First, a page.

Wednesday, December 28, 2016

The Buried Giant by Kazuo Ishiguro

OK, we start off today with a quiz for our fantasy readers. You're reading a book set in just-post-Arthurian Britain, and your protagonists are an old couple. This is how they are introduced, on page 2:
In one such area on the edge of a vast bog, in the shadow of some jagged hills, lived an elderly couple: Axl and Beatrice. Perhaps these were not their exact or full names, but for ease, this is how we will refer to them.
Now, do you react to this detail by thinking "their true names and identities will be deeply important before the book is over, and I should start ruminating on Arthurian characters" or do you think "huh, names, OK" and move on?

(Oh, one other point: Axl always calls Beatrice "princess." In nearly every line of dialogue. He never calls her Beatrice. Could that be important?)

I'm sorry to inform you that the latter is the correct answer; that is a Chekhov Gun that Ishiguro very carefully places on the mantelpiece at the beginning of the book and then entirely ignores from that point forward. Axl turns out to have been a mid-level soldier in Arthur's armies, actual role and title left unspecified though he did do some peace negotiations, and his full name is Axl-somethingorother. And Beatrice is just his wife.

That's a key issue with The Buried Giant: it's written in a slightly too-fussy style, it doesn't manage its genre elements particularly well, and it's clumsy in general. It's not maddeningly wrong-headed like Ishiguro's attempt at science fiction, Never Let Me Go, but it shows an essential lack of knowledge about how to present fantasy and an instinct to dull everything down and make it more tedious.

Ishiguro has a powerful metaphor at the center of The Buried Giant, and keeps obscuring that metaphor, or letting it make his book duller and less focused than it should be. Some kind of mist -- we find out the source before the end of the book -- has been making the people of this area forget their pasts. Axl and Beatrice think of this as a curse, and want to eliminate it, if they knew how. But they're old and mostly forgotten themselves, living in a minor subsistence-level village in the middle of nowhere, and they're more concerned with the fact that the rulers of their village no longer allow them to have a candle in their room at night.

But, after much hemming and hawing, and much Alphonse-and-Gaston dialogue between our old couple -- "do you want to do X, princess?" "only if you do, darling Axl" "well, I only care for your happiness, princess, so my concern is purely for your needs" and on and on and on -- they actually leave their nameless village and head across the nameless lands nearby to try to find their nameless son in the nameless village he moved to some unknown number of years ago, after he left home for some unremembered reason.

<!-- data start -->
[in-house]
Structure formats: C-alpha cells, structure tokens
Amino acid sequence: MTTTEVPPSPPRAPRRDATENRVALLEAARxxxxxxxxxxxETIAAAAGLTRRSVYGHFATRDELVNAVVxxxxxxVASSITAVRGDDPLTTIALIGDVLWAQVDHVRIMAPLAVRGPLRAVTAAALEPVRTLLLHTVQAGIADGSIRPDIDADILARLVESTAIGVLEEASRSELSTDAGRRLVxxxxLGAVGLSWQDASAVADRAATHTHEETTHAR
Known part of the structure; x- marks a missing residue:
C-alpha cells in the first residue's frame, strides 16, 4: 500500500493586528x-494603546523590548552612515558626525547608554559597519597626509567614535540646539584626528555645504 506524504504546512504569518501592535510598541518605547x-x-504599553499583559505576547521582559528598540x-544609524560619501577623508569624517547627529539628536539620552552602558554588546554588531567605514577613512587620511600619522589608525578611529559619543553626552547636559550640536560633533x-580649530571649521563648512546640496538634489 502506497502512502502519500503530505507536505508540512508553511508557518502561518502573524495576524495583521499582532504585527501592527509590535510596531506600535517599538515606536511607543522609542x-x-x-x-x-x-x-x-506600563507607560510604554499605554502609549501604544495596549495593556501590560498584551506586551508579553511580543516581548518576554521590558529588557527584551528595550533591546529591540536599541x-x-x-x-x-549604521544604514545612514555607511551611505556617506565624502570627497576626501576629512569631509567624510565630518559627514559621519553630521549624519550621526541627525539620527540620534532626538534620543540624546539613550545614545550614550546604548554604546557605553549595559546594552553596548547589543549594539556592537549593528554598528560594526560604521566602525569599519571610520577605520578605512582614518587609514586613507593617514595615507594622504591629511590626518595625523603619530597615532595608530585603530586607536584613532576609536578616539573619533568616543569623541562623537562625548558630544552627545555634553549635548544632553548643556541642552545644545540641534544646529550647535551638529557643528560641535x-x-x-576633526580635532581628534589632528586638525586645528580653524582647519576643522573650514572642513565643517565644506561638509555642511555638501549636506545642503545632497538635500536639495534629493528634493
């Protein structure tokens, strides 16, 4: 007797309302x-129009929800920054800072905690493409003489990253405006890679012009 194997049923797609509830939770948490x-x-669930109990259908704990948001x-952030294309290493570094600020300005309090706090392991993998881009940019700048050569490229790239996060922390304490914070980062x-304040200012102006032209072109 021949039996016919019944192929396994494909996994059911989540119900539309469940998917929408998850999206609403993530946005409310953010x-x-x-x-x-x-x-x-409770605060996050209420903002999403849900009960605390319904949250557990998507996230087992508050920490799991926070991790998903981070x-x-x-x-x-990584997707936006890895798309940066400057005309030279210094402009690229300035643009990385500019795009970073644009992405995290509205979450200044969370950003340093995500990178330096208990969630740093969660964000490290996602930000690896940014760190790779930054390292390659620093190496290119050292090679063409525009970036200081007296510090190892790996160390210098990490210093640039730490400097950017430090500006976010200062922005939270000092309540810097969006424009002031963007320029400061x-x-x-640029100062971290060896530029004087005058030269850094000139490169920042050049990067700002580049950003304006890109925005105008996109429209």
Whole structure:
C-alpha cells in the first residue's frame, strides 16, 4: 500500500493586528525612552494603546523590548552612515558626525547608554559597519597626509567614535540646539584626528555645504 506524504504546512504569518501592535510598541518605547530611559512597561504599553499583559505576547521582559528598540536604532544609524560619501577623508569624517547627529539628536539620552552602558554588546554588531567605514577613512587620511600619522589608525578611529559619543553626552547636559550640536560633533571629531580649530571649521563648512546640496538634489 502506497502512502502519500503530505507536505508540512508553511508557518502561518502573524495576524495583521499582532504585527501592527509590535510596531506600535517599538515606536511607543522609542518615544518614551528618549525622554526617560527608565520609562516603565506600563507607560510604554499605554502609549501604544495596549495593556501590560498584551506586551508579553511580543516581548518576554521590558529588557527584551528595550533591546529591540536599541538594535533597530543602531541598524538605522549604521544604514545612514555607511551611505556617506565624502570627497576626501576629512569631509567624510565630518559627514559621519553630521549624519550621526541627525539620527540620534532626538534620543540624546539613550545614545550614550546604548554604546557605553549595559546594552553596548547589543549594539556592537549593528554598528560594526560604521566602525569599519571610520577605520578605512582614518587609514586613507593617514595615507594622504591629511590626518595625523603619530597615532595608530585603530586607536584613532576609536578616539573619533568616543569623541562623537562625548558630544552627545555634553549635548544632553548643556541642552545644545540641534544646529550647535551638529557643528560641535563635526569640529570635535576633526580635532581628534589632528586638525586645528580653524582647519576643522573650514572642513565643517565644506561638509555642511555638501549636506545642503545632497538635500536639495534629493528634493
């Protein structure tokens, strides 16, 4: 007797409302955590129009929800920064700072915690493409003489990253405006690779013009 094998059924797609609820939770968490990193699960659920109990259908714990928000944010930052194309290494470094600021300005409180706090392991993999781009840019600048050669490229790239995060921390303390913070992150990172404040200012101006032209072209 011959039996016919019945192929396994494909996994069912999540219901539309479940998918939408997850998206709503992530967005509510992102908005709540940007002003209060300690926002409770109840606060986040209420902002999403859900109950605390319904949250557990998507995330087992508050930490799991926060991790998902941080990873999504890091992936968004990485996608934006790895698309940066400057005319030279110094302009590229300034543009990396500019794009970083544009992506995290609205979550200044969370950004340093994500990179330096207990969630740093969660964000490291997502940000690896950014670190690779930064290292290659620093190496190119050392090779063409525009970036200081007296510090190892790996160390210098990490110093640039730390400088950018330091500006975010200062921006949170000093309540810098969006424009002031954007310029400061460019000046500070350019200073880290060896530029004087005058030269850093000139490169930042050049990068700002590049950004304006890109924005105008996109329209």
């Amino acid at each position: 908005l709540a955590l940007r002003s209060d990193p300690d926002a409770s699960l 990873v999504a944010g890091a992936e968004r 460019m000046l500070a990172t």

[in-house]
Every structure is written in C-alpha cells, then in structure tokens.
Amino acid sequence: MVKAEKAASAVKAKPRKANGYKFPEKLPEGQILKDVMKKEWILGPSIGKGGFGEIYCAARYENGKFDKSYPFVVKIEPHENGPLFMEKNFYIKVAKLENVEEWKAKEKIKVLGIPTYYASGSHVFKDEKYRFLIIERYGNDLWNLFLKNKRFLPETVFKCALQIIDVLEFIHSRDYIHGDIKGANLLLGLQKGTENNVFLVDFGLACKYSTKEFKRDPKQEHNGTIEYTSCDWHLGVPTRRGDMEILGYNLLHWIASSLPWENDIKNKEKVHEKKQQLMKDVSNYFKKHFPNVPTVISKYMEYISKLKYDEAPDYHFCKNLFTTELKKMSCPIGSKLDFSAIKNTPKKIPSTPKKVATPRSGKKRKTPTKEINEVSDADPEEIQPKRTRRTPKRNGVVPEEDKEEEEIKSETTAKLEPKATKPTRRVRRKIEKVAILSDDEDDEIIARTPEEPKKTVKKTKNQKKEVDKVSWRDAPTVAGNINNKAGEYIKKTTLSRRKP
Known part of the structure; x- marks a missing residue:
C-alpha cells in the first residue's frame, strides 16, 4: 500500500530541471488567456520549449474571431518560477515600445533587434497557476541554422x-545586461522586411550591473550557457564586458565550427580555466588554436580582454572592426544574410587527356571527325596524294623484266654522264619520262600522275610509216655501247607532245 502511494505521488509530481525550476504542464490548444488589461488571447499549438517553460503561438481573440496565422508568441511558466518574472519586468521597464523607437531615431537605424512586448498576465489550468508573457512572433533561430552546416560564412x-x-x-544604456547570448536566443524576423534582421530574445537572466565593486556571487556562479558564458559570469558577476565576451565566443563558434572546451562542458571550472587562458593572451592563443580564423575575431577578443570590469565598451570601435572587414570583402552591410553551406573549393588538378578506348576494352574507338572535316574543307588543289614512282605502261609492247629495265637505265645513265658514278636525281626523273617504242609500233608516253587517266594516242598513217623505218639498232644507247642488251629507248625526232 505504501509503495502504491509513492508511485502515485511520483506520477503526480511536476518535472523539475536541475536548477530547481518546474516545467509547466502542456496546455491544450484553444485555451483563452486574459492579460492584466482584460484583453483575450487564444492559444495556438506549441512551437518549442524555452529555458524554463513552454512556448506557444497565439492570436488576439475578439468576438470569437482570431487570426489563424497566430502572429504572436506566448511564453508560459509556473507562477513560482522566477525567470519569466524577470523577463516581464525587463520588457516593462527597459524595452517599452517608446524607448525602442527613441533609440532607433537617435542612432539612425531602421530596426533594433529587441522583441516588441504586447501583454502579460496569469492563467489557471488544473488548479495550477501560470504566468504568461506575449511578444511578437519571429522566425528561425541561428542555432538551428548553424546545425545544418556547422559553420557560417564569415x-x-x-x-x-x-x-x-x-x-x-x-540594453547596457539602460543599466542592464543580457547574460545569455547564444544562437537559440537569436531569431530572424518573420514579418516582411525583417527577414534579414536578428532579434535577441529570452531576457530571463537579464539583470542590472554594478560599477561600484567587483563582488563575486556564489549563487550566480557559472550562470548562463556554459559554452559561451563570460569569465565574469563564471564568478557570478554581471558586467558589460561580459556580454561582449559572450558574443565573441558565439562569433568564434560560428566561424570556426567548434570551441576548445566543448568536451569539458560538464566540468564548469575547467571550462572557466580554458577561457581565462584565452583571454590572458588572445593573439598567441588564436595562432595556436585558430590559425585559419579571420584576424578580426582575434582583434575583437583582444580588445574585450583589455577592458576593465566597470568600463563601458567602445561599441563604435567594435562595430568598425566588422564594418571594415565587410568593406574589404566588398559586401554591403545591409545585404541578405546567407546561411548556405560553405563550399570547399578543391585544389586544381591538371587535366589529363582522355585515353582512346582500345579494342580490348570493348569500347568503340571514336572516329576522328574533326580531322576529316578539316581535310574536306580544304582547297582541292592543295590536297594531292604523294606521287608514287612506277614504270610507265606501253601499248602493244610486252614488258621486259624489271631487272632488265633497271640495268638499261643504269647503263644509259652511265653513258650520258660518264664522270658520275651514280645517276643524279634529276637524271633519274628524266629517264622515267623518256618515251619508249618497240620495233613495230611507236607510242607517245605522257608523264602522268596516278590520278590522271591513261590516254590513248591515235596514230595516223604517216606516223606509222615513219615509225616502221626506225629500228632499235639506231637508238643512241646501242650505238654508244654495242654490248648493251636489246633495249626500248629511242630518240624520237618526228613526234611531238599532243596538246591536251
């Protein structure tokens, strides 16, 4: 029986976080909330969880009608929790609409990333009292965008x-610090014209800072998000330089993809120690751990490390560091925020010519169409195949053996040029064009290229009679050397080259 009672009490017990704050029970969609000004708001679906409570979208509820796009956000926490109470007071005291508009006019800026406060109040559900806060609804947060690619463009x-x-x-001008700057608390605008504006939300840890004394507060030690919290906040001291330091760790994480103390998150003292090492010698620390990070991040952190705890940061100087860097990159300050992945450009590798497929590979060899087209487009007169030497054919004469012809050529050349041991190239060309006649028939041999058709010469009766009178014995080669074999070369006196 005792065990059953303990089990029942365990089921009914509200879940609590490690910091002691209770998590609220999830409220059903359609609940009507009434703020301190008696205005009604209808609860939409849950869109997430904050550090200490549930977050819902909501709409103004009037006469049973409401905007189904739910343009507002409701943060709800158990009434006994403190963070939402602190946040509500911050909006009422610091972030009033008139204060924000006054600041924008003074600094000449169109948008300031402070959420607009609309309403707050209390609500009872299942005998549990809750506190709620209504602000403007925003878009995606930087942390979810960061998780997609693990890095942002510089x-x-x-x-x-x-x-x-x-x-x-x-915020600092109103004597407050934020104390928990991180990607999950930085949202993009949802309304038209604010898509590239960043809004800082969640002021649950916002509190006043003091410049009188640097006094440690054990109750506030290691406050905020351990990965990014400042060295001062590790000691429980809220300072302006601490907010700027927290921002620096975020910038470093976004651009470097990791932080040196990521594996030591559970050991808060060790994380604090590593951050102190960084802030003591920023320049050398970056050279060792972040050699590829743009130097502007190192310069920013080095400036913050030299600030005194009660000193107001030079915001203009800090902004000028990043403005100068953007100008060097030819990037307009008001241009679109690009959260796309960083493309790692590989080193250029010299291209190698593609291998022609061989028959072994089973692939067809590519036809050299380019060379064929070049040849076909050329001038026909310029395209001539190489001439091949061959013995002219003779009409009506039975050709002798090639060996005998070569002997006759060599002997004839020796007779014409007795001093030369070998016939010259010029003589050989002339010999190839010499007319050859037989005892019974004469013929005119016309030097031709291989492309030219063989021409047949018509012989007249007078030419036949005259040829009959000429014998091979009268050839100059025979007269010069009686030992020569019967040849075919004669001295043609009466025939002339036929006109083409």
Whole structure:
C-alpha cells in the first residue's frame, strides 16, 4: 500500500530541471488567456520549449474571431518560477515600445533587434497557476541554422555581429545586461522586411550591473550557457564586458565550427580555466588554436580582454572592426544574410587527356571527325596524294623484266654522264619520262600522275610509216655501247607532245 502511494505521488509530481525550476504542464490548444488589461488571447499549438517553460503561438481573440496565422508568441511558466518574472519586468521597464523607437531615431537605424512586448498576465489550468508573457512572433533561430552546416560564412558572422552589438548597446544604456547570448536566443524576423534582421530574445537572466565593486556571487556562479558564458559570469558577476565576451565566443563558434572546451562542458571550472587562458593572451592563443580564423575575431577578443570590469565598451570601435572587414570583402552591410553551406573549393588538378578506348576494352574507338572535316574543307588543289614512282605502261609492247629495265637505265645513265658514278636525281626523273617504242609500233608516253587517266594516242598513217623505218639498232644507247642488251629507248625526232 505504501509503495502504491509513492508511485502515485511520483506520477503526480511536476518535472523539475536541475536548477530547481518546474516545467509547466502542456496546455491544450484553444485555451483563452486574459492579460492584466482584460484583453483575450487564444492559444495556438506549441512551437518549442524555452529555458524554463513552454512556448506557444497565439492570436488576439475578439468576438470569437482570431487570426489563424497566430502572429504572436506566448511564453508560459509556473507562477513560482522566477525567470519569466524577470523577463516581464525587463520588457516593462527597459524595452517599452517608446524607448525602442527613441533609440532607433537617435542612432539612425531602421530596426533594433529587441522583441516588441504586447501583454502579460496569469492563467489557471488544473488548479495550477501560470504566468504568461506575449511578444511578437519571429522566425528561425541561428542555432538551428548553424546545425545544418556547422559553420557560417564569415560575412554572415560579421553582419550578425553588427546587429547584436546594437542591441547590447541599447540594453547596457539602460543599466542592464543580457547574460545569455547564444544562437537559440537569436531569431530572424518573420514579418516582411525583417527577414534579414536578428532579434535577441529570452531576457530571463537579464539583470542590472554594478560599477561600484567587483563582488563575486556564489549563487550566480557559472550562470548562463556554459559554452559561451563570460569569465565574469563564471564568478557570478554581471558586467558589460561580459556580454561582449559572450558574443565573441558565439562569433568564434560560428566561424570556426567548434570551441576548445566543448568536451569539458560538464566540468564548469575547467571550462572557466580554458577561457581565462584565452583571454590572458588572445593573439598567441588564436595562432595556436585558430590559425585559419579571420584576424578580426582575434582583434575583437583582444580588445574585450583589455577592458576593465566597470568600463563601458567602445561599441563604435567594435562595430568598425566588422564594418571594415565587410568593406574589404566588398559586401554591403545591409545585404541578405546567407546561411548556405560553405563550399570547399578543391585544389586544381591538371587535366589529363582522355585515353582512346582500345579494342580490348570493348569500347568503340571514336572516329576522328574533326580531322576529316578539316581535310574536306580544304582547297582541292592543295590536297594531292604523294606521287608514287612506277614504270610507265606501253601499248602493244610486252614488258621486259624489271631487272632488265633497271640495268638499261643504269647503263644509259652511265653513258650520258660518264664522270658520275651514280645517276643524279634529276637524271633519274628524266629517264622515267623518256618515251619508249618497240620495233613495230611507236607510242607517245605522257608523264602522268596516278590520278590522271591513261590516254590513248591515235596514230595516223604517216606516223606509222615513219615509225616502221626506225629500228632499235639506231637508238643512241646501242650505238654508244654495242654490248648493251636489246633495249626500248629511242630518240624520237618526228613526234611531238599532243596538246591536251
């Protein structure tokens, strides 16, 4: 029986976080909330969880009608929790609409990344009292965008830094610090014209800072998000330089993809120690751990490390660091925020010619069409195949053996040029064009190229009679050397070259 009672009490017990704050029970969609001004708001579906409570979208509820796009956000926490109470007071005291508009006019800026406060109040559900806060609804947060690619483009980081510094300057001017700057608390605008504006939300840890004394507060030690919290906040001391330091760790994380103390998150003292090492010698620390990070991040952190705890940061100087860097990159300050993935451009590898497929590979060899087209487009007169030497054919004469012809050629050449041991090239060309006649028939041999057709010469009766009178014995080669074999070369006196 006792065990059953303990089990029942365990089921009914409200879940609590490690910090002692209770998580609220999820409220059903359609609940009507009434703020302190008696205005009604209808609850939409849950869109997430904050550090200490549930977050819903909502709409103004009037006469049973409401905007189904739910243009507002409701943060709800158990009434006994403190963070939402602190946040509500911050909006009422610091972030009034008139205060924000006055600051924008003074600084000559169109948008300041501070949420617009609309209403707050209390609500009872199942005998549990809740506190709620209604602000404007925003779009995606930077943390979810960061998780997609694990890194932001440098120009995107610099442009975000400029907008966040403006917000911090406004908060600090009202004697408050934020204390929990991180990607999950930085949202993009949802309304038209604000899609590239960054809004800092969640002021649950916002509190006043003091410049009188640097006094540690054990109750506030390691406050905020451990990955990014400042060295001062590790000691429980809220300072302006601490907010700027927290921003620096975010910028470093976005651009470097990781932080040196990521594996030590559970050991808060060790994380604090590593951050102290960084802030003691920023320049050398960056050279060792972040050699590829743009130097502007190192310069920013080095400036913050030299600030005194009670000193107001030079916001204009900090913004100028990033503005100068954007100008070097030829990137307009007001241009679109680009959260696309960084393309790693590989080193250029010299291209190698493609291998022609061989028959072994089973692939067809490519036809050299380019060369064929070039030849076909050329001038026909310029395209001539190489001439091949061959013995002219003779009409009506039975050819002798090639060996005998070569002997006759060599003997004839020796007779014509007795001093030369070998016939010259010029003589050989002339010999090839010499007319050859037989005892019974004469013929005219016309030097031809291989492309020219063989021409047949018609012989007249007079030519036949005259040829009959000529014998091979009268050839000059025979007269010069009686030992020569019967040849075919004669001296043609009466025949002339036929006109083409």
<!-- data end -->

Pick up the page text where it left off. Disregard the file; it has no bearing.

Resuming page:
All of that namelessness and forgetting is due to the mist, of course. But Ishiguro lets it be a drag on the narrative and on his characters: it keeps him for describing the world crisply and keeps his story muddy and rambling. His tone doesn't fit a rambling, loose story, though, leaving the sense and matter of The Buried Giant continuously mismatched.

Much of what was forgotten was a brutal war between Arthur's Britons and the (invading?) Saxons, and one particular war atrocity that we learn about at second-hand, in a dull, muted form, late in this book. (If anything in The Buried Giant called out for a flashback, it was this: but it doesn't get one, or any other mechanism to make it live and command attention.) Nowadays, Saxons and Britons live amongst each other, both in scattered separate villages and even together in some of those villages. Remembering the war could threaten that peace -- but by the time Axl and Beatrice learn that, it's too late.

That, probably, is Ishiguro's point: relying on forgetting about things to make them better only works for as long as the forgetting does. And remembering can spread quickly. But, then again, the loss of the mist will probably lead to mass bloodshed -- the return of the wars at least, and possibly just straight massacres.

In their travels, Axl and Beatrice meet a few others whose paths cross and join theirs for a while -- the old Arthurian knight Gawain (who has no particular reason to be Gawain, and is just "an old knight who was sworn to King Arthur"), a Saxon warrior on a secret mission, and the Saxon boy that warrior is forced to foster when he loses his parents to monsters. There's also a dragon, Querig, supposedly terrorizing the surrounding area, though she hasn't been seen for years -- and Gawain's mission for the past however-many years is to kill Querig, which he claims he's on the verge of doing any time now.

As usual with Arthurian stories, there's an attempt to drag Christian morality into it, with a community of monks and their dark secrets. But, again, its connection to the rest of the book is muddled and confused; it's just one more damn thing Axl and Beatrice have to get through on their journey. (In a weird way, The Buried Giant is a frustrated and depressing picaresque novel -- they go to strange places, meet odd people, and keep learning more about how horrible everything is.)

There's a very good novel lurking inside The Buried Giant, and that seems to be what most of the mainstream critics reacted to when they read it. But it's obscured and damaged by the choices Ishiguro made, by the ways he deals with his material, and by his ignoring or flouting useful fantasy expectations and revelations. This is a fantasy novel for non-fantasy readers, for the simple reason that non-fantasy readers will appreciate what The Buried Giant does well, and not realize all of the things that it misses doing or trips itself up on.

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